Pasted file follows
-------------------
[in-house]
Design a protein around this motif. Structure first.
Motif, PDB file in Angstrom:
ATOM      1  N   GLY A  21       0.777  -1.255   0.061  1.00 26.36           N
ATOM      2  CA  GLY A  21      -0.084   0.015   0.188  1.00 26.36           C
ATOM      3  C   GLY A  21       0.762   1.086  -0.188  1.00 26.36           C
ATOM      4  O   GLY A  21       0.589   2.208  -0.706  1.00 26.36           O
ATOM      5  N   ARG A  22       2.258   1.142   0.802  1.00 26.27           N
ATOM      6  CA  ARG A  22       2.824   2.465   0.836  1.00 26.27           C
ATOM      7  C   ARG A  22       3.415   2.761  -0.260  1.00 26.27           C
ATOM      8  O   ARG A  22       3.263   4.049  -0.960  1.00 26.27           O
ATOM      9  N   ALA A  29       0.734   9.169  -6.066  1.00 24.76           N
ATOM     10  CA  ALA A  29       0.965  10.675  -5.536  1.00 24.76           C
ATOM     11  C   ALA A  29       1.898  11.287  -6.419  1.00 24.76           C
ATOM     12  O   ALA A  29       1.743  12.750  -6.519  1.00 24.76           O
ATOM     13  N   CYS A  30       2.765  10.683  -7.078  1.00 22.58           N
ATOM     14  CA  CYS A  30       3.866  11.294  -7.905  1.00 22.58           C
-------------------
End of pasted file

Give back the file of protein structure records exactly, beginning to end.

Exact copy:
[in-house]
Design a protein around this motif. Structure first.
Motif, PDB file in Angstrom:
ATOM      1  N   GLY A  21       0.777  -1.255   0.061  1.00 26.36           N
ATOM      2  CA  GLY A  21      -0.084   0.015   0.188  1.00 26.36           C
ATOM      3  C   GLY A  21       0.762   1.086  -0.188  1.00 26.36           C
ATOM      4  O   GLY A  21       0.589   2.208  -0.706  1.00 26.36           O
ATOM      5  N   ARG A  22       2.258   1.142   0.802  1.00 26.27           N
ATOM      6  CA  ARG A  22       2.824   2.465   0.836  1.00 26.27           C
ATOM      7  C   ARG A  22       3.415   2.761  -0.260  1.00 26.27           C
ATOM      8  O   ARG A  22       3.263   4.049  -0.960  1.00 26.27           O
ATOM      9  N   ALA A  29       0.734   9.169  -6.066  1.00 24.76           N
ATOM     10  CA  ALA A  29       0.965  10.675  -5.536  1.00 24.76           C
ATOM     11  C   ALA A  29       1.898  11.287  -6.419  1.00 24.76           C
ATOM     12  O   ALA A  29       1.743  12.750  -6.519  1.00 24.76           O
ATOM     13  N   CYS A  30       2.765  10.683  -7.078  1.00 22.58           N
ATOM     14  CA  CYS A  30       3.866  11.294  -7.905  1.00 22.58           C